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Playing Is Not Just For Kids

For kids, holidays are a time for playing, freedom, loudness and most importantly, mucking around. I can attest to this after finding a secret stash of opened candy cane wrappers in a drawer the other day. All of the above was happening at a rather high amplitude.

The thing about kids is that most of them know how to have a good time. They are spontaneous, imaginative and don’t care who is watching. They think about what they want to do for amusement, and then they simply do it.

Most of us adults become the fun police as we grow up. We get all serious and stuff. We regard play as something for kids, a waste of time and most definitely unproductive. Play is perceived as childish, childlike and a tad ridiculous.

But hey, what’s so wrong with that?

Acting like a child now and again and engaging in play is something that us adults should be doing more of. So much so that many organisations are engaging people to teach adult play to their teams, as well as incorporate a sense of play into office design.

Over the years us adults have taken the fun out of everything and we have to relearn how to do what came so naturally to us when we were small.

Play has been shown to increase happiness, momentarily as well over time when we build more of into our busy schedules. It’s hard to engage in worrisome thoughts when you’re in the middle of charades or getting dumped by a wave when you’re boogie boarding (or maybe that’s just me).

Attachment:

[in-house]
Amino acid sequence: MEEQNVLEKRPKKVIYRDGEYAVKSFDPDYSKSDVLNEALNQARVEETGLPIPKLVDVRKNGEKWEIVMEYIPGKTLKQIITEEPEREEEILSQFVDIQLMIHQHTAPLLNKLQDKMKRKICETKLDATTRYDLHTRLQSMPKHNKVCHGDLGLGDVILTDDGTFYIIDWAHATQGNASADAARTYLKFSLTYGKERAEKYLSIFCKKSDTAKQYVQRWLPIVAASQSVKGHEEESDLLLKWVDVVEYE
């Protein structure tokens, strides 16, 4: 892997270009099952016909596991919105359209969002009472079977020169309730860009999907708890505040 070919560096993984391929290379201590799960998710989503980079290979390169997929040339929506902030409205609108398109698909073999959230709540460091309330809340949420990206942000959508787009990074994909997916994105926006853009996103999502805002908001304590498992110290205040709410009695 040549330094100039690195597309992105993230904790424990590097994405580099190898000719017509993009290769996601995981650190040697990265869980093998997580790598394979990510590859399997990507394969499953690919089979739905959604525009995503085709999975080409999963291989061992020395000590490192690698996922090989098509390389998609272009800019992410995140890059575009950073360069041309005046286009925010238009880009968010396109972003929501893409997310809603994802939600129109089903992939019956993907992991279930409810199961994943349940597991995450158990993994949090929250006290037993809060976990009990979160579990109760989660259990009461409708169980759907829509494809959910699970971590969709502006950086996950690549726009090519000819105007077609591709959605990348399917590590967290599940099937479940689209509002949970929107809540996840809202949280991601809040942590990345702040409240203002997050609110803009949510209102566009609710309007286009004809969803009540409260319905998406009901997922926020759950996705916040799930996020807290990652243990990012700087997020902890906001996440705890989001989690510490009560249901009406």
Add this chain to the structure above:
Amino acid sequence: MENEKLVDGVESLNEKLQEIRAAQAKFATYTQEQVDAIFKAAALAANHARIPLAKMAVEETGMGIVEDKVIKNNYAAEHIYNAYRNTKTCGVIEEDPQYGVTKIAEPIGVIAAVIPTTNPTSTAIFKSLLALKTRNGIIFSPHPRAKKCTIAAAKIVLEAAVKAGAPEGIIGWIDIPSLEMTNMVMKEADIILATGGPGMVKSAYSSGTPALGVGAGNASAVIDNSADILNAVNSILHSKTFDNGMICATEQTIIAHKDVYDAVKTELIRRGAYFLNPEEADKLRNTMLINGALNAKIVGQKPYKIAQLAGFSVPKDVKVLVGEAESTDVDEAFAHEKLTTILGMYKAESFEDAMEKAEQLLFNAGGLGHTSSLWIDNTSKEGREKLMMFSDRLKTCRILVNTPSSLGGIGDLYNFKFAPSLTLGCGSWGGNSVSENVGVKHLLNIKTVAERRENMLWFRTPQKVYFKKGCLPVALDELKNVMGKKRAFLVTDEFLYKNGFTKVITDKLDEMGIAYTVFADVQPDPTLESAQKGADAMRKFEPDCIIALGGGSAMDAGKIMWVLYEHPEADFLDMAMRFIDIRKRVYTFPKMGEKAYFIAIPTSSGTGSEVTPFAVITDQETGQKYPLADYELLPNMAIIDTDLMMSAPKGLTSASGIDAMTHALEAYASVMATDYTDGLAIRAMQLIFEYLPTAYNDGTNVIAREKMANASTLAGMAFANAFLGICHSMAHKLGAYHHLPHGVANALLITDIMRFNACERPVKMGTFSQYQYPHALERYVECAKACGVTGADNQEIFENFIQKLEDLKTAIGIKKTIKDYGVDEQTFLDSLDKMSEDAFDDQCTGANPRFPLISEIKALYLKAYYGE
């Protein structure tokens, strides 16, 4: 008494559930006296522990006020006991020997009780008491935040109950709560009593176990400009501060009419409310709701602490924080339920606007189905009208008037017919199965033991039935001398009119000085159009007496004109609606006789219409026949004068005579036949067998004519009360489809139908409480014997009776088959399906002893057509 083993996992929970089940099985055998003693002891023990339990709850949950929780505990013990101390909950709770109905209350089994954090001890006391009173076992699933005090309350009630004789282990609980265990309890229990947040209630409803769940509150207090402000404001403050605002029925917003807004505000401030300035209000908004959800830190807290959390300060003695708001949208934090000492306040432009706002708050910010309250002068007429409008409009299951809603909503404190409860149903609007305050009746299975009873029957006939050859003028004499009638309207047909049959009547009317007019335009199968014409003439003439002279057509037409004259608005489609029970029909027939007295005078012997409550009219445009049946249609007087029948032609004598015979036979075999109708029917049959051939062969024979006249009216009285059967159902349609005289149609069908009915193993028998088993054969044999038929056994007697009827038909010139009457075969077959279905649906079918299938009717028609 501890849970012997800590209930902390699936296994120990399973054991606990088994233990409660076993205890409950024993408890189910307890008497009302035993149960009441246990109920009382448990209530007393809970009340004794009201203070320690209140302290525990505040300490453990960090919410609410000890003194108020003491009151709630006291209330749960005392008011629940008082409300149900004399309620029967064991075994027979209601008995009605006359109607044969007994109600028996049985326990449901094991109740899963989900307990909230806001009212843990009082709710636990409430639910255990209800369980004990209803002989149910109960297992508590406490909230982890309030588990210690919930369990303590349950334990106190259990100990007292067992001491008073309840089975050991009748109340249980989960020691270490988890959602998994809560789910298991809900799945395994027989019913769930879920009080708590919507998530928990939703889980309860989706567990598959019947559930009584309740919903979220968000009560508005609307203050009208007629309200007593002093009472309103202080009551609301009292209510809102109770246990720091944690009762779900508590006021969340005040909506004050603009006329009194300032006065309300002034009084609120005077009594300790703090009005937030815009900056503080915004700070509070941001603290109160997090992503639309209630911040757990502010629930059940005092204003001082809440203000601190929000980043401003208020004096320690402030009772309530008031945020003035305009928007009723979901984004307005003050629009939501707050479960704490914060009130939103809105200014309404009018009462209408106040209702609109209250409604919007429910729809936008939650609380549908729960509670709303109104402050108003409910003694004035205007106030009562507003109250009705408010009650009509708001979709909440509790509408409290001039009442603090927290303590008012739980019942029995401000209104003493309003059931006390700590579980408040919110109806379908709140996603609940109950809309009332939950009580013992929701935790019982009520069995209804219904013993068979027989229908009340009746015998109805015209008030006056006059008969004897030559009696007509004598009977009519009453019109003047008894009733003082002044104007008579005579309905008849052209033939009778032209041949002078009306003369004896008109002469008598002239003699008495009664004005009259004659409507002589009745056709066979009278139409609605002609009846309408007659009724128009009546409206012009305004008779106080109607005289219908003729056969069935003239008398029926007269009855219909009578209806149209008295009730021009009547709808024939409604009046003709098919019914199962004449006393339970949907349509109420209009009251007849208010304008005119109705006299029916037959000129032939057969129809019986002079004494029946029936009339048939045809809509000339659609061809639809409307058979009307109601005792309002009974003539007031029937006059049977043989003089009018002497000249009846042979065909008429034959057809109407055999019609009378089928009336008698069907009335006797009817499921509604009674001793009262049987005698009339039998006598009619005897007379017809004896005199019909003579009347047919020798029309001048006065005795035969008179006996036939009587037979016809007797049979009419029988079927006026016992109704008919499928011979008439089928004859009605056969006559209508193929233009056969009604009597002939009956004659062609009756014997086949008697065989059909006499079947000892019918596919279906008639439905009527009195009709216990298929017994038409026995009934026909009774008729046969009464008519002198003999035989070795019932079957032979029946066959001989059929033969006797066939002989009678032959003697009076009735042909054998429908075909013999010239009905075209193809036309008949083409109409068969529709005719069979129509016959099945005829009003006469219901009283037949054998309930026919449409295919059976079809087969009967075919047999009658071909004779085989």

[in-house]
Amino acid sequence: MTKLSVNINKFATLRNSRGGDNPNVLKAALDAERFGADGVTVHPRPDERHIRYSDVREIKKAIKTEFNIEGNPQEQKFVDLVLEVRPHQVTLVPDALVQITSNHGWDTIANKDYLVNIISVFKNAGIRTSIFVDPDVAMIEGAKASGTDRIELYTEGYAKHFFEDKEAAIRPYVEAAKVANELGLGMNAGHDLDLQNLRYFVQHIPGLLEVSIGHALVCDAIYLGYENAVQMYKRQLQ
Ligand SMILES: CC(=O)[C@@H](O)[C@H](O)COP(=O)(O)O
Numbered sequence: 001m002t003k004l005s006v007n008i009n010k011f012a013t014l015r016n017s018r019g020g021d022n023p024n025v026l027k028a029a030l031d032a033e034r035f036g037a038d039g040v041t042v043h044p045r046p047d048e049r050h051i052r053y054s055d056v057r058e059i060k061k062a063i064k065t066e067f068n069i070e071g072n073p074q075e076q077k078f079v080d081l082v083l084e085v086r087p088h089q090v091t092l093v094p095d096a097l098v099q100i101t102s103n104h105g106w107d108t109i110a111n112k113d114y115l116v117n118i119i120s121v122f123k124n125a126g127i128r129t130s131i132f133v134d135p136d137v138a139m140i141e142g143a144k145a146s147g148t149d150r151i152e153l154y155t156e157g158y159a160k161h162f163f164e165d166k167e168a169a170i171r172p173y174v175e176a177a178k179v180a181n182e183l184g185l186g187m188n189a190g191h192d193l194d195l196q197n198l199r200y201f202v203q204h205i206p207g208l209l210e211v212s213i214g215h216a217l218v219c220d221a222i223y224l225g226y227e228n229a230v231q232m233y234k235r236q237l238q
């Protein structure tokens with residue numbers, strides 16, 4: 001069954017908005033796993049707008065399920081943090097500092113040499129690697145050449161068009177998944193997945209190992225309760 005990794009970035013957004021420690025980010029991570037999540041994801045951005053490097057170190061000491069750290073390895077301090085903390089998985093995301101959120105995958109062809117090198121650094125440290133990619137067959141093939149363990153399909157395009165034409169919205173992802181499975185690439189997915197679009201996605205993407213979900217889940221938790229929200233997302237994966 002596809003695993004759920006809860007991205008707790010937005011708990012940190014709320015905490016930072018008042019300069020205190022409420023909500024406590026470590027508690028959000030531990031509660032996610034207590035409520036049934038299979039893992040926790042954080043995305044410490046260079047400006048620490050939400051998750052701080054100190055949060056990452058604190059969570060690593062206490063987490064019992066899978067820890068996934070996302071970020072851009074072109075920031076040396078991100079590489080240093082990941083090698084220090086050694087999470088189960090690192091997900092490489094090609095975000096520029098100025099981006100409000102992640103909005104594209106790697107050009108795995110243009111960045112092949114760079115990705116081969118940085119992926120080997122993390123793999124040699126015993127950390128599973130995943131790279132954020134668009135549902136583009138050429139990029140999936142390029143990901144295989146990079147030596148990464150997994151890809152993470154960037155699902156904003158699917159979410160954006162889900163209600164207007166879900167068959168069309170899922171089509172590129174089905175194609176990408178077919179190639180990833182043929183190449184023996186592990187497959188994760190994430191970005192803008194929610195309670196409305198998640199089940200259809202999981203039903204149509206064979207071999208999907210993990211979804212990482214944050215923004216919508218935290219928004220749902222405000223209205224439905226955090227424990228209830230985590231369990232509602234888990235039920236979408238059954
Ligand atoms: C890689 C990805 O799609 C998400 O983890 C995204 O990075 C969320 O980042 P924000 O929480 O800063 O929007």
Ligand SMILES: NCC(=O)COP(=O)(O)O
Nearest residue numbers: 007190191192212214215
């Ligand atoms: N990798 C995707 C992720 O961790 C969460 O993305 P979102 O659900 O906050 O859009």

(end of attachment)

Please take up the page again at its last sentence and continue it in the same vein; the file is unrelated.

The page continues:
Play has also been shown to improve relationships, as it aids in connection with the people in our lives. When you’re playing you are totally in the moment with that person. Even if the person happens to be just yourself.

But if I have to get a bit more serious (because us adults like to be serious), people tend to perform more professionally when they’re in a state of play.

Despite what most people think, play makes us more productive and successful. It energises workplaces and refreshes the people in them. Engaging in playful activities, lights up the right hemisphere of our brain and gets the creative juices flowing with fresh ideas, innovations and new ways of solving problems. The offices of Google have it right with employees riding around on scooters or shooting down tube slides.

For most of us grownups, play is seriously missing in our life. I often ask teams to purposefully prioritise play in their lives. The sad thing is, many draw a blank on where to start.

The term play is hard to define, because there’s no one-size-fits-all play. In an adult world that revolves around outcomes, achieving and competing, play is anything but. It's about pleasure and doing something that has no other purpose than just that.

Watch the energy shift within yourself and the people around you when you start getting a bit more playful. It might mean getting yourself a hobby and scheduling it into your week so it’s as important as that work meeting. If you don’t have large amounts of time, then purposefully stuff around. Drop into impromptu dance moves in the kitchen, crack a joke in a meeting, belt out a tune off-key in the car or pull a face over the dinner table (highly recommended).

If you have some time off over the festive season, make some time to muck around. Life doesn’t have to be so serious all the time, so don’t let kids have all the fun.

As Roald Dahl said “Life is more fun if you play games”.

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